What does a pirate sound like? The company of Book-It’s production of Treasure Island is endeavoring to find out, hard at work on perfecting their dialects.
“We want to present sounds to the audience that sound right—authentic, genuine,” says the production’s dialect coach, Alyssa Keene. Keen has been a dialect coach at Seattle Shakespeare Company, ACT Theatre, and Taproot Theatre. As a dialect coach, she works closely with actors throughout the rehearsal process to get their voices just right for the part.
Crafting and practicing dialects is a lot of work for both the actors and the dialect coach, but it’s an essential part of performing a character. “You study. You read. You learn,” explains Geoffery Simmons, who plays Long John Silver in Treasure Island, “When you discover the voice of a character, it opens up a whole new world.”
“Each accent tells a different story,” says Gin Hammond, an actor in Treasure Island who also happens to be a dialect coach in her own right. “Each sound out of someone’s mouth can teach us something about that person.” What is it like to have a voice coach when you are a voice coach yourself? “It’s a luxury,” Hammond says. “As an actor, I can just do the business of acting, knowing there’s someone there to help. It’s a safety net.”
Keene, who has worked as a professional actor, voice talent, and dialect coach since 2000, says her process starts with a careful reading of the script and research. She discovers the origins of the characters and the setting of the play, noting the time period. “A Londoner today doesn’t sound like a Londoner 100 years ago,” she says, by way of example.
Next, she listens to a wide variety of source material: online sources like YouTube videos and the Speech Accent Archive, documentaries, first-person sources, and more. Though mimicry is part of the research process, it’s just one small part of how Keene prepares to work on a production. She listens carefully for the cadence and melody of a particular accent. Is the accent in a major or minor key? For emphasis, do speakers change their pitch, their volume, or both? How do speakers move their mouths? What do their vowels sound like? The more questions about an accent Keene can answer, the better prepared she is for rehearsal.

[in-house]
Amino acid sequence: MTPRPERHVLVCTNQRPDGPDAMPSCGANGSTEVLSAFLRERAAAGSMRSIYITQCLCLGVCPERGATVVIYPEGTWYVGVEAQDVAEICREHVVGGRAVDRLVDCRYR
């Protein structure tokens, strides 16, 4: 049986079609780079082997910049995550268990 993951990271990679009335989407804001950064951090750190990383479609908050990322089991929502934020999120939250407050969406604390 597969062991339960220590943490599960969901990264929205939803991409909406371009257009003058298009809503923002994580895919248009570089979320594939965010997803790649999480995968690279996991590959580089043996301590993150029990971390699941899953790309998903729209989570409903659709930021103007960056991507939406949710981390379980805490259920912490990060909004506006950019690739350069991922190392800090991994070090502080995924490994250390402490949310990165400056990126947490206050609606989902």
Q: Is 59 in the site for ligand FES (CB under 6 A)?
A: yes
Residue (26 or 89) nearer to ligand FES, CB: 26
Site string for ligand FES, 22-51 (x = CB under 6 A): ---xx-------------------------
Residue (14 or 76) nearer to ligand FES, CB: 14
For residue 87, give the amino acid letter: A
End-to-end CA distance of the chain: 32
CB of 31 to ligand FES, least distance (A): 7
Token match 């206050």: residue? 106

For Hammond, who plays two roles in Book-It’s production, dialect work starts wtih the physical. Hammond considers the mouth’s posture for a given dialect, and how it is different from her natural speech. She notes where the sound resonates and how much air is used to make different sounds. With Keene’s help, she determines the physical motions of her characters’ speech as a way to get them to sound just right.
There’s also the matter of the International Phonetic Alphabet, or the IPA, an alphabetic system of phonetic notation, derived by the International Phonetic Association as a standardized representation of sounds of any spoken language. It’s a huge help to linguists, anthropologists, and—in the theatre—dialect coaches.
For particularly tricky words, dialect coaches can turn to “accent tag” videos on YouTube. This is a popular type of YouTube video in which people worldwide record themselves pronouncing a certain set of words (“aunt,” “roof,” “New Orleans,” “mayonaisse,” “pajamas,” etc.) and answer questions (“What do you call gym shoes?” “What do you call your grandparents?”) giving viewers access to a particular accent.
Simmons, in the iconic role of Long John Silver, has perhaps the biggest challenge in the play: he wants to honor the character’s history and legacy, while bringing something of himself to the character. Simmons has been on several Seattle stages, including Seattle Children’s Theatre and Intiman Theatre.
For Treasure Island, he has been practicing his Jamaican accent. “If you look back at that time, the high seas were a melting pot of all sorts of people and cultures,” Simmons says. “It was a time of exploration and colonization. There were sugar plantations. The spice trade. The slave trade was happening.“ And Long John Silver, Simmons hypothesizes, probably spoke in several different vernaculars himself. “He had to play different characters for different people at a dark time. It’s exciting to play someone and get into their subconscious and psyche.”
Long John Silver isn’t the only character in Treasure Island with dialect challenges. When the company gathers at rehearsal and starts warming up, there’s a mix of many different ways to talk like a pirate, which is exactly what Keene wants.
“What is the tapestry of sounds that we can use?” Keene asks. By weaving the cast’s voices together she helps create the world of Treasure Island—a world populated with characters from Scotland and Jamaica and the places in between. Dialect research and practice is a huge part of how the actors tell the story of where their characters are from and where they are going. But if they do their jobs right, the accent work won’t look like work at all.
For Simmons, the research into the world of Treasure Island offers a chance to play off the other actors in a more informed way and allows him to further dig into his character. “There are so many elements to this thing,” he says. “You get to see the undercurrents of civilization.”